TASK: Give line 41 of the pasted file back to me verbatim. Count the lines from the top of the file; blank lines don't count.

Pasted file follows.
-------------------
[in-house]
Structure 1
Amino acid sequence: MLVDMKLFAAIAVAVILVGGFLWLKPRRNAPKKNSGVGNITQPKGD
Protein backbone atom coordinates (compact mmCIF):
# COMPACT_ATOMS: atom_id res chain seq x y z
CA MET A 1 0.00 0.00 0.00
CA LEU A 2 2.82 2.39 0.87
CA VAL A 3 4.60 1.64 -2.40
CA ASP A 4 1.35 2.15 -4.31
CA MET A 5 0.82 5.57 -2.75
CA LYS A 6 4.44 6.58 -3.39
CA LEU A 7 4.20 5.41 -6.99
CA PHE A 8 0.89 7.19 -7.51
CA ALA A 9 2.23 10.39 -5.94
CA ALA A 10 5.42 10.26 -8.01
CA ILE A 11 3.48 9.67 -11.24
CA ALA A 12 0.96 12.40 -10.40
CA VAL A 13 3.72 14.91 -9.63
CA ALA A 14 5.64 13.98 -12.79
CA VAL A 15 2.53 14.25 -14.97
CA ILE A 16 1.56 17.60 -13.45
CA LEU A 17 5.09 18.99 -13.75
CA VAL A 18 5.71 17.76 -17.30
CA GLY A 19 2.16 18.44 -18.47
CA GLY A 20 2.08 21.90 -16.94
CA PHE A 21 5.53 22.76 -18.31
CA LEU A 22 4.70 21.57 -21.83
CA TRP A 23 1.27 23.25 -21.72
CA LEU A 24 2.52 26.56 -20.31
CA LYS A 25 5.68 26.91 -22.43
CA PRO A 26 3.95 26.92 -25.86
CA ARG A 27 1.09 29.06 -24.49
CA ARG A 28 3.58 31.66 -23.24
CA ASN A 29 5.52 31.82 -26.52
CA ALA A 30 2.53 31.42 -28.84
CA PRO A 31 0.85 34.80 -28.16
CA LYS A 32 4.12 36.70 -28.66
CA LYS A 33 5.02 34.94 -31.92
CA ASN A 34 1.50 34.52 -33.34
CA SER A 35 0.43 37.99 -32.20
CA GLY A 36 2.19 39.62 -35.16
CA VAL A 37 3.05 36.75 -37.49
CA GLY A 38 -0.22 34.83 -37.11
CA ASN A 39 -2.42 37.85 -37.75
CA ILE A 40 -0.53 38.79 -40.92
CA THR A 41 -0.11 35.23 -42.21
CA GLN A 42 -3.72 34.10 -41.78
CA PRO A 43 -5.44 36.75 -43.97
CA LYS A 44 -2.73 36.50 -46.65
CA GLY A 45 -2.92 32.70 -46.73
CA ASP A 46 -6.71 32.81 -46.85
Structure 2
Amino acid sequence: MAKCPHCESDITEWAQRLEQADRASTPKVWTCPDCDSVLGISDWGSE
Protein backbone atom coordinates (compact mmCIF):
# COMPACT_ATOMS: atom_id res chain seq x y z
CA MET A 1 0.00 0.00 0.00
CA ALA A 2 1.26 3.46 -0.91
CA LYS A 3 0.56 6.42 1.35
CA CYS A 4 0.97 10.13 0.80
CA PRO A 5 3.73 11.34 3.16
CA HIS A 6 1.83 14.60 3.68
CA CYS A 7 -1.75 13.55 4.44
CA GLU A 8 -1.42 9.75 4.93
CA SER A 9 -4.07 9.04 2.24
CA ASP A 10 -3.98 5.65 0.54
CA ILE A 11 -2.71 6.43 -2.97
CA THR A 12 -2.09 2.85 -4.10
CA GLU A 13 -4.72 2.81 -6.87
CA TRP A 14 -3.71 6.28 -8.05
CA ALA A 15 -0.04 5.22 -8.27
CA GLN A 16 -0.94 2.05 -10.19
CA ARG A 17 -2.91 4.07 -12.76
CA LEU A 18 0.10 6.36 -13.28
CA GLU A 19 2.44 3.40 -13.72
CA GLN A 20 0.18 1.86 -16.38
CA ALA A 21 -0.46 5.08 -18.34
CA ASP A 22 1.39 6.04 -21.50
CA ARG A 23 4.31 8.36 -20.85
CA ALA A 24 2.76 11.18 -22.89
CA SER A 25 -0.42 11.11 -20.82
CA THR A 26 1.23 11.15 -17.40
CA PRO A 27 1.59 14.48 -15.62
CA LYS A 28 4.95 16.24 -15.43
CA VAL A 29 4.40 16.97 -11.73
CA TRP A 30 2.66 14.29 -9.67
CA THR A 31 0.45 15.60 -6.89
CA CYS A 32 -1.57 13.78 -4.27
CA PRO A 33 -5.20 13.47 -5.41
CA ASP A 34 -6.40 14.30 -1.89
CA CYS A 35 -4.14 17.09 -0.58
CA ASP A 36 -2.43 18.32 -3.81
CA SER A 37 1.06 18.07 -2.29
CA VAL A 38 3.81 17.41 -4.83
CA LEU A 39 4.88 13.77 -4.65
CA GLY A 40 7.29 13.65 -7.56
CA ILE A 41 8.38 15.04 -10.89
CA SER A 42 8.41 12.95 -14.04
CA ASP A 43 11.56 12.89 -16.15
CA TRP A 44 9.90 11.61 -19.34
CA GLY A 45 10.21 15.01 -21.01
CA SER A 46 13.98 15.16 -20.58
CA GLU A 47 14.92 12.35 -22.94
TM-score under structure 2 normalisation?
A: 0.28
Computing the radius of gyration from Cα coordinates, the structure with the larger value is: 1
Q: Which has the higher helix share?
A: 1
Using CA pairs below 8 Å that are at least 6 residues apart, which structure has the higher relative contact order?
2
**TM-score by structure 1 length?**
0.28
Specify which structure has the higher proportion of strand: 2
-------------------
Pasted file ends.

CA GLY A 36 2.19 39.62 -35.16